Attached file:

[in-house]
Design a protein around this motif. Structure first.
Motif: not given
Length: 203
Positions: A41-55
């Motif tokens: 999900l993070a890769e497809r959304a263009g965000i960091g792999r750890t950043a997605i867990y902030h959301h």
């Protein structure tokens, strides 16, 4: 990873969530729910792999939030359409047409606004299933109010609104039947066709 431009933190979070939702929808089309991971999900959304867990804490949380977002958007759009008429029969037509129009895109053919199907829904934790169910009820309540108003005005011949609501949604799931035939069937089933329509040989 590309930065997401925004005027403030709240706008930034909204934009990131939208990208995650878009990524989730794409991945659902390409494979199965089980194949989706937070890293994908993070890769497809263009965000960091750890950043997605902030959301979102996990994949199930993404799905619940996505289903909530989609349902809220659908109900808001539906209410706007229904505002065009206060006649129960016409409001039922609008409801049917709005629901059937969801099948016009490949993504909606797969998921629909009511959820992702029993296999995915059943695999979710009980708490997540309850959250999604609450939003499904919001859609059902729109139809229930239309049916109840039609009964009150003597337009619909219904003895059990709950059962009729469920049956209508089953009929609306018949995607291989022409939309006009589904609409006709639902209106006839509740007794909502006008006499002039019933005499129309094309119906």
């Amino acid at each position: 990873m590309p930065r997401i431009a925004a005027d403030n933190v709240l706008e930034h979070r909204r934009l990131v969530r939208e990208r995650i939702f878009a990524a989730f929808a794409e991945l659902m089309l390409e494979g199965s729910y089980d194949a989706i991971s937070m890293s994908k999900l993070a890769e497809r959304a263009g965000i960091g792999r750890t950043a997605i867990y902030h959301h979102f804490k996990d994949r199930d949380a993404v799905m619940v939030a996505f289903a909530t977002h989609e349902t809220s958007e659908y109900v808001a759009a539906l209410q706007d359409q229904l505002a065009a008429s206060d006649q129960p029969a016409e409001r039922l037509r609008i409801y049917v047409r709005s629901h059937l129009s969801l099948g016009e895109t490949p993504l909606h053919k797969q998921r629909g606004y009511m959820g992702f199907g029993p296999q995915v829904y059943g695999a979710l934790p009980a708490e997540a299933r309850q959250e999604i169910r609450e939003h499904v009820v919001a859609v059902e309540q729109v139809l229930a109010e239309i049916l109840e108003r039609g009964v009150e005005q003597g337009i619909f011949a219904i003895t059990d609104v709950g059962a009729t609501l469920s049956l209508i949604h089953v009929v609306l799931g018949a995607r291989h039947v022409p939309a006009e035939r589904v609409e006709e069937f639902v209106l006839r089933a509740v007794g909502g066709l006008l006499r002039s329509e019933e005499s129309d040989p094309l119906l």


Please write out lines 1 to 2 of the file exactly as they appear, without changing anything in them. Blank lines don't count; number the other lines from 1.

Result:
[in-house]
Design a protein around this motif. Structure first.